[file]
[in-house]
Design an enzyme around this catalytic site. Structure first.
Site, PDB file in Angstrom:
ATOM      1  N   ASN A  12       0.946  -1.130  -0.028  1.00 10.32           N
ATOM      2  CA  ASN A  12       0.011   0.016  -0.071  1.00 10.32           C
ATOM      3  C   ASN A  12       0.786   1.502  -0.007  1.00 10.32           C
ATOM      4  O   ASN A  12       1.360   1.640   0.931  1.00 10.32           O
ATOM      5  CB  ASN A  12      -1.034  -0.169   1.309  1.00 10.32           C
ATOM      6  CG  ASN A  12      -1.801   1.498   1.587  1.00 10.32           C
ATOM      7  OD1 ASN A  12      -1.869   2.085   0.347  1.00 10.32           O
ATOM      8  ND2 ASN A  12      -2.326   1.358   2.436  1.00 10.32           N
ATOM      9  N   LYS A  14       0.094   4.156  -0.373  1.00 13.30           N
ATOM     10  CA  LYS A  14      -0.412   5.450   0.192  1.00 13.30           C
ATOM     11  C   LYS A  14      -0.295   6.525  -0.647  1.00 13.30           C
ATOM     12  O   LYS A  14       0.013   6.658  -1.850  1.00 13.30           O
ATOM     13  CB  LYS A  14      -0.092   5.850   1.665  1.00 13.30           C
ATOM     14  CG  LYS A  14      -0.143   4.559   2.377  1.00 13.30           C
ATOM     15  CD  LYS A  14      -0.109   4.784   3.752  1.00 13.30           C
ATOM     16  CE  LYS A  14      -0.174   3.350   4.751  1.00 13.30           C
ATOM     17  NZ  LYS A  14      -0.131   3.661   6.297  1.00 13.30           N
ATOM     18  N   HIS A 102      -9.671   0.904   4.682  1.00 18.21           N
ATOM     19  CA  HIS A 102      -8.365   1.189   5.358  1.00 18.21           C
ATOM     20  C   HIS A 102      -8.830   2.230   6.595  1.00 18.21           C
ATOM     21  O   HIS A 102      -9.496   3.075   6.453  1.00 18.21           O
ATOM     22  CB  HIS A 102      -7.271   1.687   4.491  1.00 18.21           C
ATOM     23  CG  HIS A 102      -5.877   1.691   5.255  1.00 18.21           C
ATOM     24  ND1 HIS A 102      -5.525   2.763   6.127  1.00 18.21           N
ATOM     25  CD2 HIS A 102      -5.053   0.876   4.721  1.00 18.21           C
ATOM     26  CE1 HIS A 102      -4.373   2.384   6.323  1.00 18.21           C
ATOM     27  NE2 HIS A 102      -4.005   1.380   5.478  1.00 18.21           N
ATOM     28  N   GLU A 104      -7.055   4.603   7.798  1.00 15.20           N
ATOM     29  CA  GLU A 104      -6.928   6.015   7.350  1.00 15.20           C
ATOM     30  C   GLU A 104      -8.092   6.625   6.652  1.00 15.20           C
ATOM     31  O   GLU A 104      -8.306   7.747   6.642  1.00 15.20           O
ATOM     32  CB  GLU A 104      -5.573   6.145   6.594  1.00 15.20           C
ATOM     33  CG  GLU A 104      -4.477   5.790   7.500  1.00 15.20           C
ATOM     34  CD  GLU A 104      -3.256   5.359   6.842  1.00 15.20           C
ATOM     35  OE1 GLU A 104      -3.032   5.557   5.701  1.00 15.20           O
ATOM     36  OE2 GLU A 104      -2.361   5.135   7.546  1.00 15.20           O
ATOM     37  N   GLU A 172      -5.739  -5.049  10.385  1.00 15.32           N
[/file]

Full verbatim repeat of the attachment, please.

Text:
[in-house]
Design an enzyme around this catalytic site. Structure first.
Site, PDB file in Angstrom:
ATOM      1  N   ASN A  12       0.946  -1.130  -0.028  1.00 10.32           N
ATOM      2  CA  ASN A  12       0.011   0.016  -0.071  1.00 10.32           C
ATOM      3  C   ASN A  12       0.786   1.502  -0.007  1.00 10.32           C
ATOM      4  O   ASN A  12       1.360   1.640   0.931  1.00 10.32           O
ATOM      5  CB  ASN A  12      -1.034  -0.169   1.309  1.00 10.32           C
ATOM      6  CG  ASN A  12      -1.801   1.498   1.587  1.00 10.32           C
ATOM      7  OD1 ASN A  12      -1.869   2.085   0.347  1.00 10.32           O
ATOM      8  ND2 ASN A  12      -2.326   1.358   2.436  1.00 10.32           N
ATOM      9  N   LYS A  14       0.094   4.156  -0.373  1.00 13.30           N
ATOM     10  CA  LYS A  14      -0.412   5.450   0.192  1.00 13.30           C
ATOM     11  C   LYS A  14      -0.295   6.525  -0.647  1.00 13.30           C
ATOM     12  O   LYS A  14       0.013   6.658  -1.850  1.00 13.30           O
ATOM     13  CB  LYS A  14      -0.092   5.850   1.665  1.00 13.30           C
ATOM     14  CG  LYS A  14      -0.143   4.559   2.377  1.00 13.30           C
ATOM     15  CD  LYS A  14      -0.109   4.784   3.752  1.00 13.30           C
ATOM     16  CE  LYS A  14      -0.174   3.350   4.751  1.00 13.30           C
ATOM     17  NZ  LYS A  14      -0.131   3.661   6.297  1.00 13.30           N
ATOM     18  N   HIS A 102      -9.671   0.904   4.682  1.00 18.21           N
ATOM     19  CA  HIS A 102      -8.365   1.189   5.358  1.00 18.21           C
ATOM     20  C   HIS A 102      -8.830   2.230   6.595  1.00 18.21           C
ATOM     21  O   HIS A 102      -9.496   3.075   6.453  1.00 18.21           O
ATOM     22  CB  HIS A 102      -7.271   1.687   4.491  1.00 18.21           C
ATOM     23  CG  HIS A 102      -5.877   1.691   5.255  1.00 18.21           C
ATOM     24  ND1 HIS A 102      -5.525   2.763   6.127  1.00 18.21           N
ATOM     25  CD2 HIS A 102      -5.053   0.876   4.721  1.00 18.21           C
ATOM     26  CE1 HIS A 102      -4.373   2.384   6.323  1.00 18.21           C
ATOM     27  NE2 HIS A 102      -4.005   1.380   5.478  1.00 18.21           N
ATOM     28  N   GLU A 104      -7.055   4.603   7.798  1.00 15.20           N
ATOM     29  CA  GLU A 104      -6.928   6.015   7.350  1.00 15.20           C
ATOM     30  C   GLU A 104      -8.092   6.625   6.652  1.00 15.20           C
ATOM     31  O   GLU A 104      -8.306   7.747   6.642  1.00 15.20           O
ATOM     32  CB  GLU A 104      -5.573   6.145   6.594  1.00 15.20           C
ATOM     33  CG  GLU A 104      -4.477   5.790   7.500  1.00 15.20           C
ATOM     34  CD  GLU A 104      -3.256   5.359   6.842  1.00 15.20           C
ATOM     35  OE1 GLU A 104      -3.032   5.557   5.701  1.00 15.20           O
ATOM     36  OE2 GLU A 104      -2.361   5.135   7.546  1.00 15.20           O
ATOM     37  N   GLU A 172      -5.739  -5.049  10.385  1.00 15.32           N